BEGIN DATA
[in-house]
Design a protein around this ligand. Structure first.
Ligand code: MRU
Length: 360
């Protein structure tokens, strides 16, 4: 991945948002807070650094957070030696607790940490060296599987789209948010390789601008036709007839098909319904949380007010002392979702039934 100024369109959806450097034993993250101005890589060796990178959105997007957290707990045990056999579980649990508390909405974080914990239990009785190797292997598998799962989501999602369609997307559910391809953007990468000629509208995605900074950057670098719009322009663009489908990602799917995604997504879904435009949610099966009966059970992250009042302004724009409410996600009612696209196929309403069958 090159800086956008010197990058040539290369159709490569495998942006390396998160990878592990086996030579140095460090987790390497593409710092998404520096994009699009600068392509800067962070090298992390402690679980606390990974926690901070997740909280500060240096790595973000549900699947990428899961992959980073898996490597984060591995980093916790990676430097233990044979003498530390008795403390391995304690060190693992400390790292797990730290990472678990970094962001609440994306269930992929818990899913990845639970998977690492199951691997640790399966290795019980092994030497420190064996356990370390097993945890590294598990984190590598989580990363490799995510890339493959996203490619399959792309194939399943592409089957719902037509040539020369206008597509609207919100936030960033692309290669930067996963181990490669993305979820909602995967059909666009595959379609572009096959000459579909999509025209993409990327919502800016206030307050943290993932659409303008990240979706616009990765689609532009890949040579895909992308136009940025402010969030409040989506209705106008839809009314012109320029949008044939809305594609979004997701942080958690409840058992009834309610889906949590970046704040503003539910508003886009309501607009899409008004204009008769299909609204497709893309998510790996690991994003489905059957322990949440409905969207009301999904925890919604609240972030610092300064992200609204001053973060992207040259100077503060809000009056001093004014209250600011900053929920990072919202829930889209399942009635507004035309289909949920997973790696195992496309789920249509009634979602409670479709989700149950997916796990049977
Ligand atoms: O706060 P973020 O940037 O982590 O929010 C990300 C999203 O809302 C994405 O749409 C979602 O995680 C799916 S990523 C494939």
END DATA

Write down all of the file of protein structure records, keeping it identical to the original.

[in-house]
Design a protein around this ligand. Structure first.
Ligand code: MRU
Length: 360
């Protein structure tokens, strides 16, 4: 991945948002807070650094957070030696607790940490060296599987789209948010390789601008036709007839098909319904949380007010002392979702039934 100024369109959806450097034993993250101005890589060796990178959105997007957290707990045990056999579980649990508390909405974080914990239990009785190797292997598998799962989501999602369609997307559910391809953007990468000629509208995605900074950057670098719009322009663009489908990602799917995604997504879904435009949610099966009966059970992250009042302004724009409410996600009612696209196929309403069958 090159800086956008010197990058040539290369159709490569495998942006390396998160990878592990086996030579140095460090987790390497593409710092998404520096994009699009600068392509800067962070090298992390402690679980606390990974926690901070997740909280500060240096790595973000549900699947990428899961992959980073898996490597984060591995980093916790990676430097233990044979003498530390008795403390391995304690060190693992400390790292797990730290990472678990970094962001609440994306269930992929818990899913990845639970998977690492199951691997640790399966290795019980092994030497420190064996356990370390097993945890590294598990984190590598989580990363490799995510890339493959996203490619399959792309194939399943592409089957719902037509040539020369206008597509609207919100936030960033692309290669930067996963181990490669993305979820909602995967059909666009595959379609572009096959000459579909999509025209993409990327919502800016206030307050943290993932659409303008990240979706616009990765689609532009890949040579895909992308136009940025402010969030409040989506209705106008839809009314012109320029949008044939809305594609979004997701942080958690409840058992009834309610889906949590970046704040503003539910508003886009309501607009899409008004204009008769299909609204497709893309998510790996690991994003489905059957322990949440409905969207009301999904925890919604609240972030610092300064992200609204001053973060992207040259100077503060809000009056001093004014209250600011900053929920990072919202829930889209399942009635507004035309289909949920997973790696195992496309789920249509009634979602409670479709989700149950997916796990049977
Ligand atoms: O706060 P973020 O940037 O982590 O929010 C990300 C999203 O809302 C994405 O749409 C979602 O995680 C799916 S990523 C494939």